This morning I went to Intelligentsia to grab some espresso, which if you follow me on twitter you know is part of my daily routine. When I got there I noticed that a guy at the counter had a cute dog with him, and since my wife Tara has a thing for cute dogs in coffee shops I snapped a photo for her and quickly posted it to flickr. As the pic was sending I looked back up from my iPhone and saw the guy with the dog looking at me, he looked disappointed, but also vaguely familiar. As he put on his sunglasses and walked out I realized he was famous and probably thought I was taking a photo of him. I felt like an ass, but it was too late. I told a friend I was with about my faux pas and he, not being from LA, pointed out that in any other city the guy would have been mobbed for autographs and I shouldn’t feel too bad about it. It’s a good point, and one of the things I love about LA, but I still felt like a dick.
Skip ahead a few hours and Tara points me to a virtual throwdown happening on twitter between Ashton Kutcher and Perez Hilton. Not so much because of what they were saying, but because of how people were reacting and how she thought they might keep on reacting. She tweeted about it and said “I really hope that Twitter is still accessible to real people conversing and not just watching Celebs chat with each other.” Her fear, and a very valid one, is that suddenly her stream would be filled with normal people @replying to celebs trying to become “friends” with them, rather than just being themselves and talking to their real friends. If you want to see what I mean, just look at how many people are replying to Ashton or Demi. Soleil Moon Frye only joined twitter 13 hours ago and look at this!. This got me thinking about how that relates to my coffee shop experience earlier in the day.
Of course these aren’t the first notable folks to join twitter, just an example from today, but as the site continues to grow this will happen again and again. Maybe to some people an @reply or follow by a celeb is like a virtual autograph. In some parts of the world people will climb over their mother to fight for the autograph of someone famous, while in others people feel bad for even giving the impression of gawking. LA is kinda like a safe haven, for the most part celebrities can roam in public unmolested but the internet is the wild west. One of the reasons so many of us like twitter is it’s kind of a little safe haven online – we can talk to our friends and see what they are up to and the rest of the web doesn’t get in the way. But what happens when it does? What will happen when thousands upon thousands of people who have never been anywhere near someone of moderate fame are suddenly a simple @ away from them? Instead of logging in and seeing what my friends are up to today, will I only see them acting like dickholes trying to get the attention of some celebrity? Maybe. Maybe not.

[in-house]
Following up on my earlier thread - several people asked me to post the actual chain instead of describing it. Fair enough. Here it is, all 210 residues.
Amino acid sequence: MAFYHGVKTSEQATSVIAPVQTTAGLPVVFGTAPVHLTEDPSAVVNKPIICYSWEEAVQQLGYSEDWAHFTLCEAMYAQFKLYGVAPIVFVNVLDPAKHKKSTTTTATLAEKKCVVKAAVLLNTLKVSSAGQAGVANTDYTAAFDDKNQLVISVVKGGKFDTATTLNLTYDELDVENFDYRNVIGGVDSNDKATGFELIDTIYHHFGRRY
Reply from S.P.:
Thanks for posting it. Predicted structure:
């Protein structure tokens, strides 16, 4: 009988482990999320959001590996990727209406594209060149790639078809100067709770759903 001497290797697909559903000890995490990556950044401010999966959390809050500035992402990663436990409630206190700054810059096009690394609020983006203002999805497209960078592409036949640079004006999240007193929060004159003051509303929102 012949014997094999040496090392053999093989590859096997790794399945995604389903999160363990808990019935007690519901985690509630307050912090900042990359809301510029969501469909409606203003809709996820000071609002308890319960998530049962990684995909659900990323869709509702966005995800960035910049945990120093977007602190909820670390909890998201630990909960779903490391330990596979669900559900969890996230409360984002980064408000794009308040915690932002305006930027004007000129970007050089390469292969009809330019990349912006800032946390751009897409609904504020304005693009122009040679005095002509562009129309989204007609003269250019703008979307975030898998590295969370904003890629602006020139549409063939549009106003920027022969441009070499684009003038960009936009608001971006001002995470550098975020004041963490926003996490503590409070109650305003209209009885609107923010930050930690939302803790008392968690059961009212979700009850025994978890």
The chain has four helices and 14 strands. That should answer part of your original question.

Tara briefly thought it was the beginning of the end,but Wil responded noting “@tara I don’t think it’s zero-sum. The gawkers will soon get bored and leave, but even while they’re here the rest of us can still keep on.” I tend to agree, I think as more and more people start using twitter (and other social networks) some of those people are bound to be famous and some of those people are bound to be attention seeking idiots. Our own experience with all of them will rely on what we pay attention to, and in the same way I can read a magazine without reading one that tells me which starlettes are in/out of rehab today, we should all be able to continue using these sites without too much cruft. But what about looking at this from the other direction? Soleil seems genuinely excited about twitter and is probably going through the same thing many of us did when we realized the whole new world of interaction it enables. How will that be effected when she can’t see replies from her actual friends because she’s getting 100 replies a second from people she doesn’t know begging her to follow them? Or does that even matter, maybe it’s just one more thing to list on the cost of fame.
Regardless, it’ll be interesting to watch and here’s to hoping the hysteria is brief.